In the past couple of months, mortgage interest rates have continued to inch down. As this story went to press, the 30-year mortgage interest rate stood at just over 5.1 percent, a 45-year low.
But with Federal Reserve Bank chairman Alan Greenspan’s recent pronouncement that the economy is now poised for growth, one wonders what will happen to interest rates and, as a by-product, the housing industry, by the end of the year.
According to David Lereah, chief economist for the National Association of Realtors, an industry trade group with nearly 900,000 real estate agents and brokers as members, interest rates should remain low through 2003 due to the current weak economy.
“The Federal Reserve is poised to lower rates again if they have to,” Lereah says, noting that Greenspan has said several times that the Federal Reserve’s board of governors is concerned about deflationary pressures.
“My interest rate forecast is for rates to hover at today’s 45-year lows, around 5.34 percent (for the next few months) and modestly climb to 6 percent by the end of the year,” Lereah says, adding “If I’m wrong, it’s because interest rates will go even lower – maybe we will see a 5 percent 30-year mortgage rate if the Federal Reserve lowers interest rates again.”
These super-low mortgage interest rates have not only kept the housing market propped up, but moving forward full steam ahead.
At the beginning of June, Freddie Mac, a stockholder-owned corporation chartered by Congress in 1970 to create a continuous flow of funds to mortgage lenders, released its quarterly Conventional Mortgage Home Price Index.
The index found that home values increased by an annualized rate of more than 5 percent in the first quarter of the year. That means a home priced at $100,000 would be worth more than $105,000 at the end of the year, contributing significantly to the homeowner’s equity and net worth.
“The rise home value continues to add to homeowner equity across the nation,” notes Frank Nothaft, Freddie Mac chief economist. On the other hand, super-low interest rates “makes buying and owning a home more affordable to a larger number of families.”
According to the Freddie Mac Index, homes located in the Pacific States, rose at an annualized rate of nearly 8 percent, followed closely by the New England States, which rose at an annualized rate of 7.5 percent. But homeowners in the mountain states showed only meager home appreciation at an annualized rate of 2.5 percent.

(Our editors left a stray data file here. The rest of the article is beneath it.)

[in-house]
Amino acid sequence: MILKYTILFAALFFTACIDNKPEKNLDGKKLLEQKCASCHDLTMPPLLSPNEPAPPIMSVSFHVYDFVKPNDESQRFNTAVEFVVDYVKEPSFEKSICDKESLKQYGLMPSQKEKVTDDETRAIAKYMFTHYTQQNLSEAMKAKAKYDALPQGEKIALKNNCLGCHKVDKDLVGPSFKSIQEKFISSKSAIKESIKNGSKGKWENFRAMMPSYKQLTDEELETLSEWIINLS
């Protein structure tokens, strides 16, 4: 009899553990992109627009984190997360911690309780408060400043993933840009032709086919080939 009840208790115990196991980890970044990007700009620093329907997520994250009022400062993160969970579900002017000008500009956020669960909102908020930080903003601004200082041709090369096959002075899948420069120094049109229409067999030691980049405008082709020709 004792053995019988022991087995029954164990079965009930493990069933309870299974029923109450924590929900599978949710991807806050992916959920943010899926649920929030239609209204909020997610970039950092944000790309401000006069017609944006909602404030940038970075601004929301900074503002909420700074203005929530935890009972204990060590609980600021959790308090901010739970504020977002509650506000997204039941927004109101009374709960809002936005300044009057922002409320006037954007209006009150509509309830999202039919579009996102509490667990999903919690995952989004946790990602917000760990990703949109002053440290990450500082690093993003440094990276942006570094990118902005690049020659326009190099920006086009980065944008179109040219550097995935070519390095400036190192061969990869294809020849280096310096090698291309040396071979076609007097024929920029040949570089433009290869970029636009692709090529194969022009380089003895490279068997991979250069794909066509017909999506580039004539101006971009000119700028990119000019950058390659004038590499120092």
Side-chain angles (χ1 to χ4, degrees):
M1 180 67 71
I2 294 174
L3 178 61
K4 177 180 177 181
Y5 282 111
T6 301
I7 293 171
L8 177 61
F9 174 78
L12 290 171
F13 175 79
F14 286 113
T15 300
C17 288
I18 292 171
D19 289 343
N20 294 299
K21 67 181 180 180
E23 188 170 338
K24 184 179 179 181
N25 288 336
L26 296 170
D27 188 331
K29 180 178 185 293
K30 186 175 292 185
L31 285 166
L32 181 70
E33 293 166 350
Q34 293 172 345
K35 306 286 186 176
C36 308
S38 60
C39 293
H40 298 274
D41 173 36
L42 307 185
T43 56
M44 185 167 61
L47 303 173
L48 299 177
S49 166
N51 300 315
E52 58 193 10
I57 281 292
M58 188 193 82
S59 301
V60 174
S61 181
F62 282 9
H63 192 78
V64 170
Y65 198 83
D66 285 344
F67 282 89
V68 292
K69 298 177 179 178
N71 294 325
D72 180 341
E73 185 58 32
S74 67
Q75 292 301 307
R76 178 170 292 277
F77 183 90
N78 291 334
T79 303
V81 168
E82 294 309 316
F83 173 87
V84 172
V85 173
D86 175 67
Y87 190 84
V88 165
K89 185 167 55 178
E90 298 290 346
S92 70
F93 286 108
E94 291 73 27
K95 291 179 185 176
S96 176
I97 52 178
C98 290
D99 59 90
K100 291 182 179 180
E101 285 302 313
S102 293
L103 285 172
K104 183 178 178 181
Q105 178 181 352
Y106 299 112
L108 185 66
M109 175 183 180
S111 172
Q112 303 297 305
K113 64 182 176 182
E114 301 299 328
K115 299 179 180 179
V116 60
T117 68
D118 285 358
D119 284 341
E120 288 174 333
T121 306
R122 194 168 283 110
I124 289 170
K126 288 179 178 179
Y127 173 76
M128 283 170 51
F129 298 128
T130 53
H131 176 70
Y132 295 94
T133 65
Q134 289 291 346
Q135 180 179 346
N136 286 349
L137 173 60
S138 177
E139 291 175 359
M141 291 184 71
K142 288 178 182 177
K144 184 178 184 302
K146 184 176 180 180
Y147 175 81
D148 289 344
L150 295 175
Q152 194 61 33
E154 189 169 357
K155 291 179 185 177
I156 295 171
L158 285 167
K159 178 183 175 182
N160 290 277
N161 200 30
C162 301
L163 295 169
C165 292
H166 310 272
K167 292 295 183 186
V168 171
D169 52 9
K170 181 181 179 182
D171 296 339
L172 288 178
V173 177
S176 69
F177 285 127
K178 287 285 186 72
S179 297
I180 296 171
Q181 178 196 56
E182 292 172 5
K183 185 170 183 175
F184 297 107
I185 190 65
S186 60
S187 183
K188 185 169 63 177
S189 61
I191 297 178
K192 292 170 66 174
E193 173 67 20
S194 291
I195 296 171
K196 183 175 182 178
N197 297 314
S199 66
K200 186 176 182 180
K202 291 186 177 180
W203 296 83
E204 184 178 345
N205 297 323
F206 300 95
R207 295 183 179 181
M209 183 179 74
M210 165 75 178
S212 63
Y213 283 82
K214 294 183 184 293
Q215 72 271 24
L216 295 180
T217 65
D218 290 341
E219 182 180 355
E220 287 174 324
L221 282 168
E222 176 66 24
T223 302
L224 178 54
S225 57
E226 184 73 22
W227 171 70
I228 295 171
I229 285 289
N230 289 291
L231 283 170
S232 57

The question on everyone’s mind is what happens to the housing market when rates inevitably rise? Economists Lereah and Nothaft believe that the refinance boom will run out of steam later this year, as interest rates start to rise.
That could be a dangerous turn for the economy, since homeowners who refinance are typically saving a tremendous amount of money, which they are supposedly spending to prop up the economy, or taking shorter-term loans to save even bigger money in the future by paying off their loans sooner.
“In the past six months, the market share of 15-year mortgages has doubled from 10 to 20 percent,” Lereah explains. “For people that take out mortgage with shorter terms, they are saving for the future. But you also have to recognize that as their equity builds in their home, they will spend some of the unrealized gains on goods and services, so there is some positive psychological effect.”
Lereah says that NAR surveys have discovered that for every dollar people take out of their homes, they spend between 10 to 18 cents on goods and services.
“It’s a real mix of what they do with their money, including saving for college, trading up, buying, and renovating,” he adds.
But when the refi boom drops off, fewer homeowners will be converting mortgage money into spendable cash.
“The housing wealth effect will diminish, inhibiting consumer spending a bit,” Lereah explains. He does believe that interest rates will stay low enough to encourage people to purchase homes.
“The housing sector should remain healthy for the remainder of the year, but the jobless recovery is not great for housing because (a lot of people) aren’t working and making money,” Lereah says.
But like many economic forecasts of the last few years, Lereah believes the U.S. economy will be in full recovery mode by the end of the year.
If it happens, it will be just in time for the 9 million who are unemployed to get jobs and take advantage of some of the lowest interest rates in 40 years.
May 19, 2003.